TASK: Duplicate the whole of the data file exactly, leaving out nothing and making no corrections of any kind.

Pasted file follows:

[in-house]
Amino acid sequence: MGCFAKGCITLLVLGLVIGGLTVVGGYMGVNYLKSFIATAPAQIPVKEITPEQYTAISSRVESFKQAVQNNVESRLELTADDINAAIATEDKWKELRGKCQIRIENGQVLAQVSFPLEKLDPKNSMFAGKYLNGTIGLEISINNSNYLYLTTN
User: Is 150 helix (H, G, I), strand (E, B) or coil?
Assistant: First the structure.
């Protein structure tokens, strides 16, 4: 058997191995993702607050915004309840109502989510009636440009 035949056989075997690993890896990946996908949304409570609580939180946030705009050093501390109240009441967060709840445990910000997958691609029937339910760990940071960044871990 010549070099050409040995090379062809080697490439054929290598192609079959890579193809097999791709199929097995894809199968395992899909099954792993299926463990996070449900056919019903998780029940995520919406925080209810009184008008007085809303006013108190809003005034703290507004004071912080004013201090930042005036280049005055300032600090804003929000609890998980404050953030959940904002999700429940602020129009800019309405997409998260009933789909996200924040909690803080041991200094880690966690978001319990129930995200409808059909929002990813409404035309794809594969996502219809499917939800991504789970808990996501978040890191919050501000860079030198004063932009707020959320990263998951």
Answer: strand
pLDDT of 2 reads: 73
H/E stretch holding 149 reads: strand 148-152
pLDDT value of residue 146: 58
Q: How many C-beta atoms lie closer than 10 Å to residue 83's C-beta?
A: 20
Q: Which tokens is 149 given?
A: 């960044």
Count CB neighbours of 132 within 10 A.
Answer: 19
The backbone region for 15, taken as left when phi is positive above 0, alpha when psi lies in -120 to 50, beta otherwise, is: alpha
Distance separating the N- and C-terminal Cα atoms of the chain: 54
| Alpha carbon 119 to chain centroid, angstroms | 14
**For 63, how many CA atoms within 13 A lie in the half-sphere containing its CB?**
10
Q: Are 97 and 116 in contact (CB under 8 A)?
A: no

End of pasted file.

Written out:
[in-house]
Amino acid sequence: MGCFAKGCITLLVLGLVIGGLTVVGGYMGVNYLKSFIATAPAQIPVKEITPEQYTAISSRVESFKQAVQNNVESRLELTADDINAAIATEDKWKELRGKCQIRIENGQVLAQVSFPLEKLDPKNSMFAGKYLNGTIGLEISINNSNYLYLTTN
User: Is 150 helix (H, G, I), strand (E, B) or coil?
Assistant: First the structure.
């Protein structure tokens, strides 16, 4: 058997191995993702607050915004309840109502989510009636440009 035949056989075997690993890896990946996908949304409570609580939180946030705009050093501390109240009441967060709840445990910000997958691609029937339910760990940071960044871990 010549070099050409040995090379062809080697490439054929290598192609079959890579193809097999791709199929097995894809199968395992899909099954792993299926463990996070449900056919019903998780029940995520919406925080209810009184008008007085809303006013108190809003005034703290507004004071912080004013201090930042005036280049005055300032600090804003929000609890998980404050953030959940904002999700429940602020129009800019309405997409998260009933789909996200924040909690803080041991200094880690966690978001319990129930995200409808059909929002990813409404035309794809594969996502219809499917939800991504789970808990996501978040890191919050501000860079030198004063932009707020959320990263998951």
Answer: strand
pLDDT of 2 reads: 73
H/E stretch holding 149 reads: strand 148-152
pLDDT value of residue 146: 58
Q: How many C-beta atoms lie closer than 10 Å to residue 83's C-beta?
A: 20
Q: Which tokens is 149 given?
A: 């960044």
Count CB neighbours of 132 within 10 A.
Answer: 19
The backbone region for 15, taken as left when phi is positive above 0, alpha when psi lies in -120 to 50, beta otherwise, is: alpha
Distance separating the N- and C-terminal Cα atoms of the chain: 54
| Alpha carbon 119 to chain centroid, angstroms | 14
**For 63, how many CA atoms within 13 A lie in the half-sphere containing its CB?**
10
Q: Are 97 and 116 in contact (CB under 8 A)?
A: no